Torte Reform

The Sachertorte has been the subject of controversy and legal wrangling for decades.  Nay, CENTURIES!  Two venerable Viennese establishments, Demel and Hotel Sacher, claim to have been the birthplace of the chocolate cake.  Hotel Sacher has the legal right to call their version, a cake with two layers of a chocolate sponge hybrid cake layered in apricot preserves and topped with shiny glaze, the ORIGINAL Sacher.  Demel, with their single layer of cake and single coating of apricot preserves all topped with the same chocolate glaze, must identify their cake as the Demel Sacher.

Yes, I make pilgrimages of cake.

Get in mah belly!

I love both versions.  I'm not choosing sides.  I'm also not courting their legal ire so instead of sharing MY Sacher recipe, I'm going to give you a variation I've created on the cake that utilizes hazelnut flour and Nutella to add a lovely toasted and smooth flavor to the cake batter while keeping the shiny glaze that makes the Sacher so beautiful (and delicious).  I've also stuck with Demel's single layer, just to keep things simple.



For the cake

1.5 ounces King Arthur All Purpose Flour (if you can't get KAF, use standard bread flour)
.5 ounces dark cocoa powder (I use KAF Black)
5 ounces hazelnut flour (chopped hazelnuts, lightly toasted, cooled and ground until very very fine)
5 eggs, separated and brought to room temperature
1 whole egg, room temperature
5 ounces unsalted butter, slightly cooler than room temperature
5 ounces confectioner's sugar, divided
7 ounces Nutella
1/2 teaspoon cream of tartar
1/2 teaspoon salt

For the glaze

1 cup sugar
6 ounces bittersweet chocolate
1/2 cup water
1 ounce unsalted butter
pinch salt

To finish

2 tablespoons smooth fig preserves
sweetened whipped cream


For the cake

Preheat oven to 375º.  Line the bottom of a 10" cake pan or springform with parchment and spray with non-stick cooking spray.  Set aside.

•In the bowl of a food processor fit with the blade attachment, combine the hazelnut flour, AP flour and cocoa.  Pulse until combined.  Set aside

•In the bowl of a stand mixer fit with the paddle attachment, cream together the butter and half the confectioner's sugar until light and fluffy, about 5 minutes.

For things like checking the temperature of eggs for a stable foam, I really like to use a laser thermometer.  You don't have to but it's very handy for quick reads.  Put it on your christmas list and have fun!  Check out the latest issue of Cooking Light for my laser thermometer recommendation and other chef gadget loves that are worth hinting to Santa about.
•Combine the egg yolks and whole egg in a heat proof bowl and whisk over a bain marie until the mixture reaches 84º.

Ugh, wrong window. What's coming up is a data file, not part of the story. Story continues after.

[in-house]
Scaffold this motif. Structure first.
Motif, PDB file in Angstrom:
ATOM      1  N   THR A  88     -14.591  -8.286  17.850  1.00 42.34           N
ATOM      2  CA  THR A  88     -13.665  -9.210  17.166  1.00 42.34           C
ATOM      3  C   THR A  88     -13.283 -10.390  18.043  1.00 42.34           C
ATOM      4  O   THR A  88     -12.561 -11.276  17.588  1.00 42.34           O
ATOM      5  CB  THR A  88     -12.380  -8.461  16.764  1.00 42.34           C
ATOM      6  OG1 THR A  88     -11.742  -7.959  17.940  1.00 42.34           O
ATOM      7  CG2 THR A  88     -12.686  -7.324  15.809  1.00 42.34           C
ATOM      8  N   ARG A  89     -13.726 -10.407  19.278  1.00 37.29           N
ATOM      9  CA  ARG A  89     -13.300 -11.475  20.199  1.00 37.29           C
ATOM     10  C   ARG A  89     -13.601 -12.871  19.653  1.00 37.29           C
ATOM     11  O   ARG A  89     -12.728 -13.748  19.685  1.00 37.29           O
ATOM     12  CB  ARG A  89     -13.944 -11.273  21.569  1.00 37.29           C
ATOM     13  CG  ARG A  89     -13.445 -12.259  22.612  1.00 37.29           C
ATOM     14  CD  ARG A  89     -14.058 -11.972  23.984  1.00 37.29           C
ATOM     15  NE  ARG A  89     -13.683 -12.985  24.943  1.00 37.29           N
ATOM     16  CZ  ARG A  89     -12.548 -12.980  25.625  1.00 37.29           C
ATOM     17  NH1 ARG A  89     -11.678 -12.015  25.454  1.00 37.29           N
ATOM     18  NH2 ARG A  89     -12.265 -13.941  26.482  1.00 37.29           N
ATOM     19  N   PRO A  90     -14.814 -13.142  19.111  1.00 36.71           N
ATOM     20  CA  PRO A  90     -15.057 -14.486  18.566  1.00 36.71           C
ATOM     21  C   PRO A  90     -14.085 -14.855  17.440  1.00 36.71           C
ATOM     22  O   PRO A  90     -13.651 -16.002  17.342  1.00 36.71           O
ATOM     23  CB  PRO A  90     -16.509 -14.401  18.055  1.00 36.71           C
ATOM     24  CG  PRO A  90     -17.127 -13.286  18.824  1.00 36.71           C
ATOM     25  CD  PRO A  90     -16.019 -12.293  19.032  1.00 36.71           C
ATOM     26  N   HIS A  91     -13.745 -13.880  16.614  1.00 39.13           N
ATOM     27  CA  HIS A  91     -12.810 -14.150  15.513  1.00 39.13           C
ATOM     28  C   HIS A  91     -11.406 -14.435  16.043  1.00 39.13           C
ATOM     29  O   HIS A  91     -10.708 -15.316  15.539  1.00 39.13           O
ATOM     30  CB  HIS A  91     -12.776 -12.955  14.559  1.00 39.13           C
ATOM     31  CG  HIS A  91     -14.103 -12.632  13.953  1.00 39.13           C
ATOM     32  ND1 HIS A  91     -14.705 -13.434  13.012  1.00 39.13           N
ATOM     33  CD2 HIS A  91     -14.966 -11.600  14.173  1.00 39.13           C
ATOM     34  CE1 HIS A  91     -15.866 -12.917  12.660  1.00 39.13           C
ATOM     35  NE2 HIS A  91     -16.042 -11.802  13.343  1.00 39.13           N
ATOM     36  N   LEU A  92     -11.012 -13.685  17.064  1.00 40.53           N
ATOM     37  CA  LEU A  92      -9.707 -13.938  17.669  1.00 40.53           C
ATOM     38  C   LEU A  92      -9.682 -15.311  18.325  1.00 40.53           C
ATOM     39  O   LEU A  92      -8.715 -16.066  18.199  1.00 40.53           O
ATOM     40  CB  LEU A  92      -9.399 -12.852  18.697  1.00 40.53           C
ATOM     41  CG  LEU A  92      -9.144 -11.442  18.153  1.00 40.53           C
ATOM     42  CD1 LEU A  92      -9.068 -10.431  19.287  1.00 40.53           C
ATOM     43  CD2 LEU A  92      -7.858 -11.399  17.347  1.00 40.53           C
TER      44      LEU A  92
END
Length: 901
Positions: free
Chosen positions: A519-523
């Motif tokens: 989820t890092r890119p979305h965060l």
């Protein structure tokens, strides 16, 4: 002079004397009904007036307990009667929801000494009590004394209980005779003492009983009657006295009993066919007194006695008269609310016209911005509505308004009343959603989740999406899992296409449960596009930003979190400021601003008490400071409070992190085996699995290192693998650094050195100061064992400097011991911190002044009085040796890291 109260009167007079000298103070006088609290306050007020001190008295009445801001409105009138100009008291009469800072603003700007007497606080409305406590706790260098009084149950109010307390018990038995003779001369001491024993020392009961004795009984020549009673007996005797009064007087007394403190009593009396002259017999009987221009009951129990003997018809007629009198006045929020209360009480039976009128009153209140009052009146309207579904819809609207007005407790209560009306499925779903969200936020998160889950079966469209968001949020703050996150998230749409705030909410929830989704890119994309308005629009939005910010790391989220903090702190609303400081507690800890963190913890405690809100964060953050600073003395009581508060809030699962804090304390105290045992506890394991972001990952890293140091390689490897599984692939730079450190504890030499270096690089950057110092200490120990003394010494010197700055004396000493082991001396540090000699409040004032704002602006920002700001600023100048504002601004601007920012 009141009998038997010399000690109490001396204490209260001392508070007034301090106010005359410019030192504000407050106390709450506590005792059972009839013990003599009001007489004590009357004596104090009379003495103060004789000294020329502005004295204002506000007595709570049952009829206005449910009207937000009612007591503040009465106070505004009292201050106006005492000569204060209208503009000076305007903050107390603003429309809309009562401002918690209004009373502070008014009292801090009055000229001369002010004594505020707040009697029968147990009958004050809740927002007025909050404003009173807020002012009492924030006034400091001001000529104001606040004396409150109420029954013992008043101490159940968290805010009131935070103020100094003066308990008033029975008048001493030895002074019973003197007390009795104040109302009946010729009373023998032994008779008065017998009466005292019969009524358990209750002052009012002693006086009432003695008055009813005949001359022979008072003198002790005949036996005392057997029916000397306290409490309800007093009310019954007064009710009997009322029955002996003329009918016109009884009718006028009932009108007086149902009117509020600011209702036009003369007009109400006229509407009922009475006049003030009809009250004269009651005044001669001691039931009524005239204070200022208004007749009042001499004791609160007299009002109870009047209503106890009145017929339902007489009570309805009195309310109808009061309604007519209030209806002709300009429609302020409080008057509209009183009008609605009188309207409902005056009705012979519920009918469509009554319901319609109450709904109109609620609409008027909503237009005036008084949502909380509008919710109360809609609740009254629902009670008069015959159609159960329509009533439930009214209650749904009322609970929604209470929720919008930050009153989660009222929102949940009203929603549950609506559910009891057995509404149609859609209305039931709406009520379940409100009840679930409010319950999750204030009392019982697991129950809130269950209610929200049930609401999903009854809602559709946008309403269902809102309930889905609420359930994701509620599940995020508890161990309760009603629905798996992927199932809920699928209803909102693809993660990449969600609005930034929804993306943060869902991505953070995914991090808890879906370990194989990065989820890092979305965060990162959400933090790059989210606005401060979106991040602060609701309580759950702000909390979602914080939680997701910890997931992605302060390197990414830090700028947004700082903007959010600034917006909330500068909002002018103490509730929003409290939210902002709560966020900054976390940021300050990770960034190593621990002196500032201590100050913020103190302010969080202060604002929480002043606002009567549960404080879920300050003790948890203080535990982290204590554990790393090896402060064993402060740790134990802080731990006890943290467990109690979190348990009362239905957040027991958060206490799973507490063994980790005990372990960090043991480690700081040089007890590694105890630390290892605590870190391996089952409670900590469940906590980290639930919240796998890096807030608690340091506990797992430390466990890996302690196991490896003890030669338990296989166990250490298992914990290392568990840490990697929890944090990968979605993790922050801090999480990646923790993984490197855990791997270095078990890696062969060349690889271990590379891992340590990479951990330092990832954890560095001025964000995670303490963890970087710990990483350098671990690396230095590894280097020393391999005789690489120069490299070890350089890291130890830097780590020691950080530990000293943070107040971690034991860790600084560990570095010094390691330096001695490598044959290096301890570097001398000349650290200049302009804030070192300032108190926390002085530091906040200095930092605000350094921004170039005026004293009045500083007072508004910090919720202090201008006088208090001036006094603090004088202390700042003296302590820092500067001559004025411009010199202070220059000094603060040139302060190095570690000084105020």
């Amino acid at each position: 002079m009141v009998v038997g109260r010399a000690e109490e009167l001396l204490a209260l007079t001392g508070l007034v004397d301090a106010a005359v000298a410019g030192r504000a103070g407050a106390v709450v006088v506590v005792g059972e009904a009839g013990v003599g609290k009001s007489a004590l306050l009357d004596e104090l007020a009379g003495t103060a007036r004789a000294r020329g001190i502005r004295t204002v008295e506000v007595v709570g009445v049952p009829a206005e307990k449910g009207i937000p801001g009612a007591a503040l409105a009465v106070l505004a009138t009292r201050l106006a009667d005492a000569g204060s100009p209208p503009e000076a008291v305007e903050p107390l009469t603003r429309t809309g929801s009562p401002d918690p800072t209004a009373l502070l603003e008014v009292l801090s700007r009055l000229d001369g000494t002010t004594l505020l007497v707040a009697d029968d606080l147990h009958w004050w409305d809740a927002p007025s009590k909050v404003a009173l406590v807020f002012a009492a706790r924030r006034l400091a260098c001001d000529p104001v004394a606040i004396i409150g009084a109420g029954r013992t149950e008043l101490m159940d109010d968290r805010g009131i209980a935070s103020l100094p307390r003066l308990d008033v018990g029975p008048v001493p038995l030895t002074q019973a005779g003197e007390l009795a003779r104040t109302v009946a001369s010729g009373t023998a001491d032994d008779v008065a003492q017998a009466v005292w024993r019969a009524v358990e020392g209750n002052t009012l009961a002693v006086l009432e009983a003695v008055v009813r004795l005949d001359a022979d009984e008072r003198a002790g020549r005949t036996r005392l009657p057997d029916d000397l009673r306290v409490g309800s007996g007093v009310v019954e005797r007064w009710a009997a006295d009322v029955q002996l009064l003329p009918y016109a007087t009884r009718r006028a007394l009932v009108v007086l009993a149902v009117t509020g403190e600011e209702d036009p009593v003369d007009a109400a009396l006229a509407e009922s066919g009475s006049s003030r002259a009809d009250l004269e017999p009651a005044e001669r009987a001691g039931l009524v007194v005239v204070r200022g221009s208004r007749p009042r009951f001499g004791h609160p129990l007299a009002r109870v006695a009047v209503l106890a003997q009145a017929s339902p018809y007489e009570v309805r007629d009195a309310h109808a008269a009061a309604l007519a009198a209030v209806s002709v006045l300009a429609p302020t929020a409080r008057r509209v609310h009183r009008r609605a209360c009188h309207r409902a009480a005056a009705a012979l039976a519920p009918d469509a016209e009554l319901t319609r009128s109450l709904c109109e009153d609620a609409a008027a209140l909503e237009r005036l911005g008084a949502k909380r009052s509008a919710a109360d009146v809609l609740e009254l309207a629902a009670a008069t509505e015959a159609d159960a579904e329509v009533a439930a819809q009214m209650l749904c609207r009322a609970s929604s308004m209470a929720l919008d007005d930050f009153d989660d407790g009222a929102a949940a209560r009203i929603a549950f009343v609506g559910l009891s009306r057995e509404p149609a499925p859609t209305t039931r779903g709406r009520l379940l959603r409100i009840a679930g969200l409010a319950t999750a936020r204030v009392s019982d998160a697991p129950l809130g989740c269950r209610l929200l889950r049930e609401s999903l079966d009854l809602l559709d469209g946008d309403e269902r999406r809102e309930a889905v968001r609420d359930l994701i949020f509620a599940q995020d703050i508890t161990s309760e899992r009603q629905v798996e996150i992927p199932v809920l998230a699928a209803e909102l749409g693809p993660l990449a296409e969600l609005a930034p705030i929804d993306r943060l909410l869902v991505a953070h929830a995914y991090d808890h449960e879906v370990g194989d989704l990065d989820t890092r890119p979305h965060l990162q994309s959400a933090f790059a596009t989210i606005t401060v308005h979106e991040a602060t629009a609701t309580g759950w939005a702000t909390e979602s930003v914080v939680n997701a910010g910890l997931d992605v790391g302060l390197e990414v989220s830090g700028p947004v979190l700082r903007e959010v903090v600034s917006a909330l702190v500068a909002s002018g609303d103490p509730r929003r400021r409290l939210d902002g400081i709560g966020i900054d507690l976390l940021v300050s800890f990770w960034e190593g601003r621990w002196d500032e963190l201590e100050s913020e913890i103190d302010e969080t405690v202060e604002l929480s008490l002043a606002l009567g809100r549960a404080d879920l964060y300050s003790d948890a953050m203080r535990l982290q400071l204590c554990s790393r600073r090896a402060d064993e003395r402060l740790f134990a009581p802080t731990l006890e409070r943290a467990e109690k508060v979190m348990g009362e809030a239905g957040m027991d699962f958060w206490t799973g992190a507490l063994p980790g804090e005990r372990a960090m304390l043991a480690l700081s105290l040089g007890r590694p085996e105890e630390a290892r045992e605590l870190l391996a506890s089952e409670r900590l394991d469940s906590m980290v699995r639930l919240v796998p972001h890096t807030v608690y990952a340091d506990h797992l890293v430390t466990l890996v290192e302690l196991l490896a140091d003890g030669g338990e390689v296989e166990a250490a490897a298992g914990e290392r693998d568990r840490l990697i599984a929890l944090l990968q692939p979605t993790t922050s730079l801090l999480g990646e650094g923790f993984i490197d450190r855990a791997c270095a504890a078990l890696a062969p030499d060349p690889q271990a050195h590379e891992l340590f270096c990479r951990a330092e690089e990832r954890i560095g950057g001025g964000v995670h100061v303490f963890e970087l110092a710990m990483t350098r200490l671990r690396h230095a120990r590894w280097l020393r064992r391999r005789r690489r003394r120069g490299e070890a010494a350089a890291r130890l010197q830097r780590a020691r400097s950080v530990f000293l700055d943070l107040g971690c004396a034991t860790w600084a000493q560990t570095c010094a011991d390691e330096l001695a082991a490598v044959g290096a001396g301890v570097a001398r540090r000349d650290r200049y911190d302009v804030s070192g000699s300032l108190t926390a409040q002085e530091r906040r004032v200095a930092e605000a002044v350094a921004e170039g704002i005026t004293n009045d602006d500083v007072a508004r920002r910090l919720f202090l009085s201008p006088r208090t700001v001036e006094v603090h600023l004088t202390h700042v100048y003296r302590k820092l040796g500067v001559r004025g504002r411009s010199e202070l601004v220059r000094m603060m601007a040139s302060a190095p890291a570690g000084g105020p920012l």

•Slowly add the eggs to the creamed mixture until entirely combined.  Add the Nutella and mix until combined.

***NOTE:  This method of mixing is called a combination method.  It employs both creaming  AND a foam method, hence...combination.  You get the aeration of the creaming and the aeration in the stable meringue foam. ***

•Transfer this batter to a clean bowl and wash the mixer bowl very well.  Dry completely.  Combine the egg whites, salt and cream of tartar in the bowl and whisk on medium with the whisk attachment until white and foamy.  Slowly add the remaining confectioner's sugar and continue whisking on medium high until medium stiff, white peaks form.

•Add 1/3 of the egg white mixture to the batter to lighten (you needn't be overly gentle).  Add the remaining egg whites and gently fold into the batter.  Fold in the dry ingredients.  Immediately spread the batter in the prepared pan and bake for 45 minutes or until the cake feels firm in the middle.

•Allow to rest for 5 minutes.

To assemble

While the cake is still warm, take a paring knife and run along the edge of the cake pan to release.  Turn the cake out onto  a cardboard round the exact size of the cake or a little smaller and remove the parchment, keeping  the top side down.  Spread the fig preserves over the top (once the bottom) of the cake and along the sides, removing any large chunks of fruit.

•Place the cake on a stable jar that's smaller than the cake but still large enough to provide a stable foundation for the cake.  Place over a parchment lined sheet pan.

For the glaze

•Combine all ingredients in a heavy sauce pan and stir until the sugar, chocolate and butter have completely melted.  Attach a candy thermometer and heat to soft ball (234º).  Allow the bubbles to subside and carefully pour the glaze over the top of the cake.  DO NOT TOUCH THE GLAZE.  DO NOT TRY TO SPREAD THE GLAZE.  Let gravity do its job and DO NOT SCRAPE THE PAN!  This is going to sound strange but spray a pair of scissors with non-stick cooking spray and cut where the glaze is dangling.  Eat the trimmings.

•Allow the cake to sit at room temperature to set, about an hour.  You can place the cake in a large Tupperware with secure lid, making sure nothing touches the glaze, and refrigerate up to a week.  Serve with lightly sweetened whipped cream.  I cut the cake with a very hot knife to keep the edges of the glaze clean.

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